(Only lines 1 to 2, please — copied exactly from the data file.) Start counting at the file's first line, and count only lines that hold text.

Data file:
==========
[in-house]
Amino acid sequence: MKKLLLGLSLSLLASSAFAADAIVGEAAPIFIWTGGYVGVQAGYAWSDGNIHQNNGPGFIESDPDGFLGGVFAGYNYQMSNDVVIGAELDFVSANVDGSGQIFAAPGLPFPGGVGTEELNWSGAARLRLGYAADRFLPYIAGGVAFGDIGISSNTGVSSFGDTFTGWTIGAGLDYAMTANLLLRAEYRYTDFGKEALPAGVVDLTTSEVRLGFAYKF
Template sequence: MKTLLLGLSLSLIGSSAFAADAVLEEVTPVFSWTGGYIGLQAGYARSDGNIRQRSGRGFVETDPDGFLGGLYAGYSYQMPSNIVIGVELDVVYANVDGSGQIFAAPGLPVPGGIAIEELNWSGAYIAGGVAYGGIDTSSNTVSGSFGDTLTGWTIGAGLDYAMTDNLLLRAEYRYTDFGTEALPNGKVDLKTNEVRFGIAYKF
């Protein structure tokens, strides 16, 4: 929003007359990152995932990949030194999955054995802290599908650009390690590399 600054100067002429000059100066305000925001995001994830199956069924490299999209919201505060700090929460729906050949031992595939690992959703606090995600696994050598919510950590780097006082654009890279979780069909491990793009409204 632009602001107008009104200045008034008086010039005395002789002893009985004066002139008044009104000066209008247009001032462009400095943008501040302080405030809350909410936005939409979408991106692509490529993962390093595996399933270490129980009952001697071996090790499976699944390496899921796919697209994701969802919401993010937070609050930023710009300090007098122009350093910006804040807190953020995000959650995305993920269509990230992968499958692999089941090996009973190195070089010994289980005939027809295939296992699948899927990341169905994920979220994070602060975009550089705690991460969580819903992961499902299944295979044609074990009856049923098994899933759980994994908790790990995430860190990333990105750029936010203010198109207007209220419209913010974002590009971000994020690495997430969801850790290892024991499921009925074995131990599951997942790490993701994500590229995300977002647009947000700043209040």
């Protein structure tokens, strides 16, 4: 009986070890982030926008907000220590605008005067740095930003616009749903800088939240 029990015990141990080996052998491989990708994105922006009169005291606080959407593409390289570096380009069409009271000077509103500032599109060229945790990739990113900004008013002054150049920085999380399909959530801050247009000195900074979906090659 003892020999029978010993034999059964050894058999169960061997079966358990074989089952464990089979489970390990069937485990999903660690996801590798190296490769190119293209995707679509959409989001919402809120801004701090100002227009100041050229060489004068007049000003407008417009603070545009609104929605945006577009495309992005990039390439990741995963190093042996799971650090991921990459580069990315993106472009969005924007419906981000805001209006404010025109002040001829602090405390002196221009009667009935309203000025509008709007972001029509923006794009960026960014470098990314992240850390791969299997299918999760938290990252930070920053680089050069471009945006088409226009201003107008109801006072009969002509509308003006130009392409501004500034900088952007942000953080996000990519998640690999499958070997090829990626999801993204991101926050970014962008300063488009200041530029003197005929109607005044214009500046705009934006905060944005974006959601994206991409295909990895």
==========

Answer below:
[in-house]
Amino acid sequence: MKKLLLGLSLSLLASSAFAADAIVGEAAPIFIWTGGYVGVQAGYAWSDGNIHQNNGPGFIESDPDGFLGGVFAGYNYQMSNDVVIGAELDFVSANVDGSGQIFAAPGLPFPGGVGTEELNWSGAARLRLGYAADRFLPYIAGGVAFGDIGISSNTGVSSFGDTFTGWTIGAGLDYAMTANLLLRAEYRYTDFGKEALPAGVVDLTTSEVRLGFAYKF